Thursday, January 05, 2006


ELIMINATING RACISM STARTS WITH RESPECTING YOUNG PEOPLE

You ask what I meant when I said that shutting down emotional discharge is in the way of eliminating racism?

A few posts back I was talking about crying in schools. I mentioned that emotional release is key to eliminating racism. How so?

First of all, racism is just a symptom. Where the real starting place is, is disrespect of young people. And here comes the big word--adultism.

That's where it all begins. If we wipe out adultism racism shall be no more. What?

What is racism? It's confusing misinformation as reality and then thinking about and treating someone badly based primarily on skin color or ethnicity. (Internalized racism involves believing the misinformation about yourself, etc.) This goes completely against our true human nature. No baby is ever born racist. So what happens to that baby? She is not recognized as being powerful and completely in charge of her life! The young one, the new one, is treated as though she were stupid, not yet fully human. Bing! Doesn't that sound eerily like what racism is too?

So racist, oppressive pattens get set in when we are children by how the well-meaning adults, who love us very much, treat us and think about us. We take on the behavior--and most of us fight it pretty hard along the way--and revert to it especially when scared or stressed out. Unless ...

Ah, but the good news. We humans have a built-in natural healing process. When it is utilized, even the most insidious of messages cannot replace our innate wisdom. Release of tension, hurt and the emotions created by that through laughing, crying, trembling, angry talking or shouting, and yawning can block the misinformation from becoming our new rigid thinking. Our society is bent on stopping this discharge process from day one. Parenting magazines are chock full of the pablum they hope to pass as intelligent advice. The writers seem to think parents are as dumb as they also seem to think babies are.

Babies understand everything. This is a concept I was reminded of recently among parents I stay in touch with online. If we treat babies as though this were true--even though it flies in the face of all our training, conditioning, upbringing, we'd find a whole new generation of powerful, zestful humans. This means explaining everything you are about to do and your plans for the day to this newborn. Yes, we spare them of details which are violent or terrifying--unless it involves them and then we try and explain why. "I'm taking you to the doctor and they need to look in your ear since I think you're in pain there," for example. "It might hurt for a moment but I will hold you and listen to you if you need to cry afterward."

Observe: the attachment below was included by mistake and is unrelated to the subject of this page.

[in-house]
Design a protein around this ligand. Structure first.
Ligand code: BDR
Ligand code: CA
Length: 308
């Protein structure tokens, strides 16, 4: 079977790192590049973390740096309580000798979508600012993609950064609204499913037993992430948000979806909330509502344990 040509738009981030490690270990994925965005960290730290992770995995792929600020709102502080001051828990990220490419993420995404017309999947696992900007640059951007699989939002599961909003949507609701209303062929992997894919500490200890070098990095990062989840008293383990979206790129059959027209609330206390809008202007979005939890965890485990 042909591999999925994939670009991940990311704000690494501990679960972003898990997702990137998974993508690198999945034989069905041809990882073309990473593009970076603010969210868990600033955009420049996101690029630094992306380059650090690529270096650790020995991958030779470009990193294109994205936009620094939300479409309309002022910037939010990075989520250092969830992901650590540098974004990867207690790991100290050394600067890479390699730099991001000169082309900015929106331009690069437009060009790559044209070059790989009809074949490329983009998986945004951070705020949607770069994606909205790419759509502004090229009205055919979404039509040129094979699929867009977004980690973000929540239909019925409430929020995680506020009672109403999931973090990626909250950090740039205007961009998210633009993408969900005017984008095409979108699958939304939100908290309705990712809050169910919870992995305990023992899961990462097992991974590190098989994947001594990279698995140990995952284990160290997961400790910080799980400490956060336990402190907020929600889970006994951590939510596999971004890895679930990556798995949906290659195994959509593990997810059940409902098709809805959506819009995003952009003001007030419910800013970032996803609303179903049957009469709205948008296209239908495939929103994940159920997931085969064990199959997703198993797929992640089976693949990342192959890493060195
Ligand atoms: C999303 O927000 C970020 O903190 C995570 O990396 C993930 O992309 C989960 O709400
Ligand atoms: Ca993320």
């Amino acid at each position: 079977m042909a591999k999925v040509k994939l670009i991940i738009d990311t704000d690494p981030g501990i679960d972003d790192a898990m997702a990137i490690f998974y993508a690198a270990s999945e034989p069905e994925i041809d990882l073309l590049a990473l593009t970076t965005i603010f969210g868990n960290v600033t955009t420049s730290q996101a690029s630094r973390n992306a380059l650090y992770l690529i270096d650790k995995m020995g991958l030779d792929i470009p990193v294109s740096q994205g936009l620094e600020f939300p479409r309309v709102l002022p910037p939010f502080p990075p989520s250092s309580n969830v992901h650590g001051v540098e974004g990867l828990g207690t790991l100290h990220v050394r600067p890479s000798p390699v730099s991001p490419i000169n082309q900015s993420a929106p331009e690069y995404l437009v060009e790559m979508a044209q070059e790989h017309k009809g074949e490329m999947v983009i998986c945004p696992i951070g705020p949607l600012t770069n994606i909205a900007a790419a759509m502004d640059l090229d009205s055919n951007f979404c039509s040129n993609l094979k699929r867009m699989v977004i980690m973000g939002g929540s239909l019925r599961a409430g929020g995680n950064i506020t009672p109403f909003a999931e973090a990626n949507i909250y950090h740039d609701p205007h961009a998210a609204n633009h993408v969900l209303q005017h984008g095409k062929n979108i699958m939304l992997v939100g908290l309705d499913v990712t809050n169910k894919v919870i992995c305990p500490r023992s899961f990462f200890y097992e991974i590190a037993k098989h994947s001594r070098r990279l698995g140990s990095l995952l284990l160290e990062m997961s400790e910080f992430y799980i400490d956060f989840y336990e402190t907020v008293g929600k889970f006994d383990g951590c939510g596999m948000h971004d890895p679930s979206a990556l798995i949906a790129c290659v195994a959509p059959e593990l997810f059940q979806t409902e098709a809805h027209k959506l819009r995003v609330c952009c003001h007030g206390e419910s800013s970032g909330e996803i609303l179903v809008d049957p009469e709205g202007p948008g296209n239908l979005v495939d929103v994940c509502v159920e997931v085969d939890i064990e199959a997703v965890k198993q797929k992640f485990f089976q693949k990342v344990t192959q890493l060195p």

We also ask questions of the new one and then stop and wait and observe and stay in close physical contact. We acknowledge the signals and the looks they give us--with complete delight and approval. When they need to cry we don't shut them down, we stay close.

So, this is an example and a slice of how treating a newborn would be non-adultist.

But, if it's that simple wouldn't more people already be doing this? Well, it's like this-- Adultism is every bit as insidious as racism and we all had it come at us--pretty damn hard from day one. What you witness and what is done to you goes in as a recording which repeats itself generally in your own actions. That's why society in general keeps passing on adultism and other forms of oppression. That's why I teach the listening-exchange or peer-counseling. There needs to be an inner process which helps us shed the "infection" we got by being born into this society at this point in time. The listening-exchange lets us unravel what happened and what we end up with is the truth.

For further reading see Inoculating Our Children Against Racism by Patty Wipfler. For classes on parenting and diversity trainings call Sea Ganschow at (503)341-0665 or email sealove954@yahoo.com.

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